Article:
15. 15. New Ways of Thinking (1/2) <ul><li>To create a positive climate for innovation and change requires sustained top level commitment, openness about past mistakes, and focus on looking only forward. </li></ul><ul><li>Outside pressure helps: </li></ul><ul><ul><li>De-regulation/WTO </li></ul></ul><ul><ul><li>Benchmarking </li></ul></ul><ul><ul><li>Transparency </li></ul></ul><ul><ul><li>Financial disclosure </li></ul></ul><ul><ul><li>Corporate governance </li></ul></ul><ul><ul><li>Global competition </li></ul></ul><ul><li>New thinking: we’re on a burning platform… </li></ul>
  16. 16. New Ways of Thinking (2/2) <ul><li>Entrepreneurial, but not anarchy. </li></ul><ul><li>Invite in outsiders (entrepreneurs): </li></ul><ul><ul><li>Expose employees to new thinking. </li></ul></ul><ul><ul><li>Accelerate employee learning. </li></ul></ul><ul><ul><li>Benchmark internal projects. </li></ul></ul><ul><li>Advantages of single large investor: </li></ul><ul><ul><li>Patient Money </li></ul></ul><ul><ul><li>Deep Pockets </li></ul></ul><ul><ul><li>Market Knowledge </li></ul></ul><ul><ul><li>Market Presence / Distribution </li></ul></ul><ul><li>Must have commitment of CEO, CTO, CFO. </li></ul>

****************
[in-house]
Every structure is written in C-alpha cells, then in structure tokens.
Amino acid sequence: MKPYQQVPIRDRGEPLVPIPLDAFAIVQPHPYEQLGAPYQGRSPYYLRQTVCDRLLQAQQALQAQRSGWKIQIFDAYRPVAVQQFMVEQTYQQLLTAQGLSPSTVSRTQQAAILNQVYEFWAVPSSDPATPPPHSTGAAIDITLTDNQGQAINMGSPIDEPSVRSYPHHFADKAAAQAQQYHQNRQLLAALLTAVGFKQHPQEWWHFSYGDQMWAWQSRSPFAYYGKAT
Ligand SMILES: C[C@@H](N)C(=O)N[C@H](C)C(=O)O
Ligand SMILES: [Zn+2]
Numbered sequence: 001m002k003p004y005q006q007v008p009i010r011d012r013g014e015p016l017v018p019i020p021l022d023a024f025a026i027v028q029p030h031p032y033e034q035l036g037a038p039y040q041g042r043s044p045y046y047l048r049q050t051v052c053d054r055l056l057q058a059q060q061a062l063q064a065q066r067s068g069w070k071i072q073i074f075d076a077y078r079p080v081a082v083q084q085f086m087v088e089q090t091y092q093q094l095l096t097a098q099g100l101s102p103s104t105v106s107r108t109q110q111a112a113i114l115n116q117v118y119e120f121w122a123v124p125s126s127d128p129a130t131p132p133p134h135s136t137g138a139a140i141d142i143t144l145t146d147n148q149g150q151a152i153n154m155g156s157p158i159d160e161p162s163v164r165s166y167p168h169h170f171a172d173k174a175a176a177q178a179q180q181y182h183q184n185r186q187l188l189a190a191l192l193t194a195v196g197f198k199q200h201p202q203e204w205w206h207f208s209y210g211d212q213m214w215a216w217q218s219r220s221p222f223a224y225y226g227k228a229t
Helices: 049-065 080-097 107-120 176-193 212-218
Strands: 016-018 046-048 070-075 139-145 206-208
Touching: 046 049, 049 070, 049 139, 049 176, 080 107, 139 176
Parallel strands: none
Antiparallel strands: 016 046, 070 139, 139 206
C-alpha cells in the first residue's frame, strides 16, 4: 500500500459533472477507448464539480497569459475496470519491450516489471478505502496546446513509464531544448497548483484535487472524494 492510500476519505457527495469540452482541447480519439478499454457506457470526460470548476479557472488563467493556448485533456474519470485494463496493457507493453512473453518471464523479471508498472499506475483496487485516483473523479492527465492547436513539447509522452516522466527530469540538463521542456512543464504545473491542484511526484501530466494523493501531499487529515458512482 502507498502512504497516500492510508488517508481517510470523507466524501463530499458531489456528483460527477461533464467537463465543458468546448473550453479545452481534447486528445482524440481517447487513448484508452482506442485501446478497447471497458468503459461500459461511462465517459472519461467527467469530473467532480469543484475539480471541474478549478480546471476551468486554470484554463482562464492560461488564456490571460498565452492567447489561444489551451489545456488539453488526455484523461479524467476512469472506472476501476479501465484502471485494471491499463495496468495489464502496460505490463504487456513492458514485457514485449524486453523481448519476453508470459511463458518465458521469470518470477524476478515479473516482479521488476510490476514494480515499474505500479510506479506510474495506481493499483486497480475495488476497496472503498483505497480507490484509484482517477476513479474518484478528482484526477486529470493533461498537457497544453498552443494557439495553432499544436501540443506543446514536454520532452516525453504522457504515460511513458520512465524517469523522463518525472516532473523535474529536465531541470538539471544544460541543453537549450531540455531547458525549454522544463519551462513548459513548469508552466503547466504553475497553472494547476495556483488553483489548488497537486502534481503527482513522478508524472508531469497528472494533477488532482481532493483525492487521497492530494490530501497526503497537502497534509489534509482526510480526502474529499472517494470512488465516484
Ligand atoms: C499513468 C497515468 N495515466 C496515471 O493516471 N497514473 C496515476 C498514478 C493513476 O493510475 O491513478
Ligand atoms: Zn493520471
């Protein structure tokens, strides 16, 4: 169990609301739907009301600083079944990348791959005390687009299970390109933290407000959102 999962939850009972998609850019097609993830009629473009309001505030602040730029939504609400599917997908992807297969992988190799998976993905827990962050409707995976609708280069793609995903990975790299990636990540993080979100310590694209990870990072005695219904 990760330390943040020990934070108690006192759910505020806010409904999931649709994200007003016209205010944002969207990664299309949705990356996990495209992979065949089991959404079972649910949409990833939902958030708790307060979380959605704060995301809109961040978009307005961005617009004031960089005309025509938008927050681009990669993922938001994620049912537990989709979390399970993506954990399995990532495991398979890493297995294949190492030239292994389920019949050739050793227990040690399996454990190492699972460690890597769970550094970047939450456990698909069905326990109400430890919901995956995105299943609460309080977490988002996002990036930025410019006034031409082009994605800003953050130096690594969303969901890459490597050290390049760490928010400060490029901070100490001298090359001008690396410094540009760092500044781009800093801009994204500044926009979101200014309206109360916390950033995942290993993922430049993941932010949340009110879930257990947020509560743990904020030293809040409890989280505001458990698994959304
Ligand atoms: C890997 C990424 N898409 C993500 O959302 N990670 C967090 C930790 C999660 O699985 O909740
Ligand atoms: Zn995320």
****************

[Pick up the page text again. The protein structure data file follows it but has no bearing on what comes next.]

17. 17. Walking Before Running <ul><li>Siemens, Eastman, and other large, established firms created highly successful new venture groups. </li></ul><ul><li>Both invested first in 6-20 excellent VC funds as a way to learn the new venture creation business, and to benchmark their own culture and speed of decision making. </li></ul><ul><li>Speed: both firms benefited from “outside pressure” to change their business processes and move faster. </li></ul>